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The Banned Underground:

The Amulet of Kings

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by Will Macmillan Jones



The Banned Underground is a pretty funny piece of writing.  I laughed out loud on more than one occasion, and I had to wonder about the author’s clearly warped sense of humor and just how many puns, jokes, and obscure references he has up his sleeve.

The story follows (sort-of) two teenagers shipped up to the aunt’s house while their mother recovers in the hospital.  But this is not your normal aunt.  She is a witch (“good” or “bad,” I am still not completely sure), and the teenagers arrive just as Ned, a dark lord starts his quest for world domination.  Things get progressively more and more strange as the cast of characters includes dwarves, musical bog trolls, fire trolls, a malevolent refrigerator, Tuatha,  Edrens (sort of elvish people), mages, Bodgandor (sort of evil spear holders), and a flatulent goat. 

The dwarves lost the Amulet of Kings, a device which gives them power to keep out invaders and take out the garbage.  When Ned finds it in an old guitar case, he keeps it for himself instead of turning it over to his boss, the Grey Mage. The bulk of the tale follows the teenagers and other characters as they fight their way around the dwarves’ mansion and at the Aunt Dot’s home as the Bodgnador invade.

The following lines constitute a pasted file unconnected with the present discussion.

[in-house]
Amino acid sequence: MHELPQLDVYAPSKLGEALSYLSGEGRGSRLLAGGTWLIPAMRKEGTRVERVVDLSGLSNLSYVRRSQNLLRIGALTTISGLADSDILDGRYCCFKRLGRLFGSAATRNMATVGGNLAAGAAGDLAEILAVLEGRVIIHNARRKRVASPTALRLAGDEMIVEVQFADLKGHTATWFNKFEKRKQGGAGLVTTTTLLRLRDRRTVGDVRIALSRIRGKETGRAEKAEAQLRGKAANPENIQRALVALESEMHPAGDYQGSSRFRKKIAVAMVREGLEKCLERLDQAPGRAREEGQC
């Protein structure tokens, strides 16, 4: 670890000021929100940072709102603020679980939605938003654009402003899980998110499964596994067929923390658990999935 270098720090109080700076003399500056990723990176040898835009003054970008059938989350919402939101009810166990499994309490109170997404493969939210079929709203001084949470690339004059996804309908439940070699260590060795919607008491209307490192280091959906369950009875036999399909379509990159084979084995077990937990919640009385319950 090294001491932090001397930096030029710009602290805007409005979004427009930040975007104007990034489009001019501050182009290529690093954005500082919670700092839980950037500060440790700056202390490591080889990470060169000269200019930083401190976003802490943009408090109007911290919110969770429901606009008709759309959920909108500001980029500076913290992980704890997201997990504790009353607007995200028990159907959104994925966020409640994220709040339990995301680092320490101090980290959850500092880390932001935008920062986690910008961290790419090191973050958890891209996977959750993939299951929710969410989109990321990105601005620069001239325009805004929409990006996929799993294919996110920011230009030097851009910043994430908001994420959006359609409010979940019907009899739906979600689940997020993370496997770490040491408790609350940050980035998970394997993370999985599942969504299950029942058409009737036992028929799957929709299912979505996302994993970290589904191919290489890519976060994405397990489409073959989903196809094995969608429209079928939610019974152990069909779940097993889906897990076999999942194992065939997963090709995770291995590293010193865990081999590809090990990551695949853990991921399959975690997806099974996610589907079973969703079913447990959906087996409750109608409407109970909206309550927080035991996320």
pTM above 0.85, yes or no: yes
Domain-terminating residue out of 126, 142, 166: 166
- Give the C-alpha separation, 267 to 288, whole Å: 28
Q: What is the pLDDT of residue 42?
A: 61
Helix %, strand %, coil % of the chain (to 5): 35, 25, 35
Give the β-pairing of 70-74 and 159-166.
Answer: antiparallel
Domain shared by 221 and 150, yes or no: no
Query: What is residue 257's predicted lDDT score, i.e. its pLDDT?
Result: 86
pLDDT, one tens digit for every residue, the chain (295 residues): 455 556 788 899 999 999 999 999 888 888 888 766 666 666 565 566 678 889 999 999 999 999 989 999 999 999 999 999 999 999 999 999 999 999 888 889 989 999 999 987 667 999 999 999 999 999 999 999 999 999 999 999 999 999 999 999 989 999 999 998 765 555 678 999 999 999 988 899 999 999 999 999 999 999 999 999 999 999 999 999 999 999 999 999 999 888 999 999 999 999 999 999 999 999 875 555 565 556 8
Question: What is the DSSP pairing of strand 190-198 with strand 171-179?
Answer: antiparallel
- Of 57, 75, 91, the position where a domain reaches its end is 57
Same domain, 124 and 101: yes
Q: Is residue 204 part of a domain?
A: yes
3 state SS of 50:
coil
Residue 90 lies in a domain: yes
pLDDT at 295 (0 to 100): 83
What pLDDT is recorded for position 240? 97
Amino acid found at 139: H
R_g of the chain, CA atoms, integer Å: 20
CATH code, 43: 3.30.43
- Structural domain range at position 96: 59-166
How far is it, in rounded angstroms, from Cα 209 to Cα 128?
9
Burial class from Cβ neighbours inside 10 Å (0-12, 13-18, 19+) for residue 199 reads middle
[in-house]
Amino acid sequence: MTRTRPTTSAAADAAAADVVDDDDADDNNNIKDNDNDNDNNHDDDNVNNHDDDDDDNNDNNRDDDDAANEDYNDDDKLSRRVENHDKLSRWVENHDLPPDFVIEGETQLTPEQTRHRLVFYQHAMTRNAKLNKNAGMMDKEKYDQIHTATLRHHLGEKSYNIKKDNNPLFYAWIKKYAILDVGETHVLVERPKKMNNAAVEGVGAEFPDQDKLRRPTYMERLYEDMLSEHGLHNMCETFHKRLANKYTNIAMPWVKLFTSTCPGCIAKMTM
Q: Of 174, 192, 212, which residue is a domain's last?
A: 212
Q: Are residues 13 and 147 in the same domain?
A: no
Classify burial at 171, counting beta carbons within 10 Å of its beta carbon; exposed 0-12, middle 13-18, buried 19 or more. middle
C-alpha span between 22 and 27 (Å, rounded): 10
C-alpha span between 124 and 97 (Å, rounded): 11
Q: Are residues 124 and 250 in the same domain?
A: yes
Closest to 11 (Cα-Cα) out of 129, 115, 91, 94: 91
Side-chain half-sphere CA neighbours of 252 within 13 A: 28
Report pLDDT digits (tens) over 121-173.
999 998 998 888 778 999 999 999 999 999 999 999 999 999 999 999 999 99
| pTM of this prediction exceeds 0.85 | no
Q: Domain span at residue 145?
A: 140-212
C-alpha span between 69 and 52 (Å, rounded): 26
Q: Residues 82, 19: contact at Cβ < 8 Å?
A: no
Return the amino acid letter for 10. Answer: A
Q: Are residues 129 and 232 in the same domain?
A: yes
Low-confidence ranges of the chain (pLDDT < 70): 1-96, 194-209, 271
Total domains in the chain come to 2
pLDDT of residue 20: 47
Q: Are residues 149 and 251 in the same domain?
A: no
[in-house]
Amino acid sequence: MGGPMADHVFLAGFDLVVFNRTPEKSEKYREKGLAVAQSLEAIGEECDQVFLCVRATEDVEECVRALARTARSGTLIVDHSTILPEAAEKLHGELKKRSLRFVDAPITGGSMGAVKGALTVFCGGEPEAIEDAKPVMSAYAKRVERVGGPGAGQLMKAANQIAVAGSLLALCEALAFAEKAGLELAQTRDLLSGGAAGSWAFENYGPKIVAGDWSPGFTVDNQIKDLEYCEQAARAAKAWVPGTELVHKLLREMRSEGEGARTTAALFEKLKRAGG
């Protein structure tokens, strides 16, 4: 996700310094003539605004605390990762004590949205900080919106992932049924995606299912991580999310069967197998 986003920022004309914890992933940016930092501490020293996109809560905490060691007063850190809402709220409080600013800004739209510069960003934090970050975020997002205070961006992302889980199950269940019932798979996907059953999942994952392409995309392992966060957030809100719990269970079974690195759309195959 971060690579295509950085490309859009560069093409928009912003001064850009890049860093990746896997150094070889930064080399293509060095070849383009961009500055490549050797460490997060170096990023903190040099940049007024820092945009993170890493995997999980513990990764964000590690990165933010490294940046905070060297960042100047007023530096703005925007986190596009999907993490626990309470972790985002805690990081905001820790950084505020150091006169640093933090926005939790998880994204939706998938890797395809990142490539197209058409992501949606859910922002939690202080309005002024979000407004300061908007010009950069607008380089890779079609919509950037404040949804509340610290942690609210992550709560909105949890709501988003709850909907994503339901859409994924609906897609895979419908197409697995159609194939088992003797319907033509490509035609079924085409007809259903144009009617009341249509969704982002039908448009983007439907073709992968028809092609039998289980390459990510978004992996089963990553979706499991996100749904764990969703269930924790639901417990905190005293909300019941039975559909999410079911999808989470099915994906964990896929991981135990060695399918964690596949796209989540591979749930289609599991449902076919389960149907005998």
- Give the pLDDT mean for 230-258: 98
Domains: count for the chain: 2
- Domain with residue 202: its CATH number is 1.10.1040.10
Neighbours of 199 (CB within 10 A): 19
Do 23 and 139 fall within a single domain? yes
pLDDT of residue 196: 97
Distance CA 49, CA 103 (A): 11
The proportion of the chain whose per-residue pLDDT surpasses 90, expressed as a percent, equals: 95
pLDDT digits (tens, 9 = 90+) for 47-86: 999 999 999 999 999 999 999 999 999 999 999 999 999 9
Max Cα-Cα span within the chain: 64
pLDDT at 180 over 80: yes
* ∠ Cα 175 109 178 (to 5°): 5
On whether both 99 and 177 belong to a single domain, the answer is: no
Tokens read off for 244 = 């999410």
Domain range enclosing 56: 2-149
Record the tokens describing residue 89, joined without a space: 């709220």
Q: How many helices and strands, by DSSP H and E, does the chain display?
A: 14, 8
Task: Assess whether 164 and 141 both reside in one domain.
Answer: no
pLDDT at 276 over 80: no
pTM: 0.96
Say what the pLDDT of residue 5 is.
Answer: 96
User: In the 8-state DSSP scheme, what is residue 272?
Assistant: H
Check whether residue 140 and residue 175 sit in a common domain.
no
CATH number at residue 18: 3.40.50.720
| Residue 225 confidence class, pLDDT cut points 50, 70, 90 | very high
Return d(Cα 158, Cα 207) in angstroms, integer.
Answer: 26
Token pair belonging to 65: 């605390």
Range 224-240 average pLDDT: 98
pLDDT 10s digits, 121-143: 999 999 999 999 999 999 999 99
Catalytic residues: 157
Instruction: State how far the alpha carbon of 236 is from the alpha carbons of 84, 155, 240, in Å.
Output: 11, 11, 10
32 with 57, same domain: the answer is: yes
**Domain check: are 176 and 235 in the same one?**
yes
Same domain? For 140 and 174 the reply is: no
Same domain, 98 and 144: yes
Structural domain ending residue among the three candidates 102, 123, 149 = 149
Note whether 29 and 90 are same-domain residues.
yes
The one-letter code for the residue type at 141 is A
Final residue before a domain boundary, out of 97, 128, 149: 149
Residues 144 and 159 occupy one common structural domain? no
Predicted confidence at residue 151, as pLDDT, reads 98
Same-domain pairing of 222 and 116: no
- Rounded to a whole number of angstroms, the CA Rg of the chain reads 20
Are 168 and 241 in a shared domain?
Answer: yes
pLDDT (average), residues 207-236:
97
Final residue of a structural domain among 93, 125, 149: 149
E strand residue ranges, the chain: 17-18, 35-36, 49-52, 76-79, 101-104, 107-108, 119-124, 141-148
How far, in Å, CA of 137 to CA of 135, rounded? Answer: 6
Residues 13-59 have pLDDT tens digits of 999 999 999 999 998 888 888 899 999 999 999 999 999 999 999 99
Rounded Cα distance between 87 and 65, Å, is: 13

The story, to be honest, is almost an afterthought.  It merely serves as a vehicle for the author’s immense collection of all forms of humor.  Some puns can be seen coming from a mile away.  Others sneak up on the reader, smacking him (or her) between the eyes before he knows what hit him.   At about 3.2 laughs per Kindlized page, that is a lot of laughs.

There are going to be numerous comparisons to Terry Pratchett by readers of this book, and the comparison is not quite appropriate.  While Pratchett tells a story with a degree of plot and character development, Jones merely used his story as a set-up line.  Pratchett’s jokes are more subtle and take longer to develop while Jones fires his out like machine-gun fire.  Oh, there were a few very subtle jokes of which I am sure many will miss, but most of his are as subtle as a pie-in-the-face.  Whereas Pratchett is more of a Bill Cosby, Jones is Carrot Top.

I should point out that while I love my Kindle, this book might be better in the physical form.   There are numerous footnotes which are quite funny, but reading them well after the text they reference takes quite a bit away from their impact.  In a physical book form, the reader could just glance down immediately and read them in context.

If you are expecting Joyce or Faulkner, forget it.  But if you want a good laugh or two (or a thousand), then this book is well worth reading.


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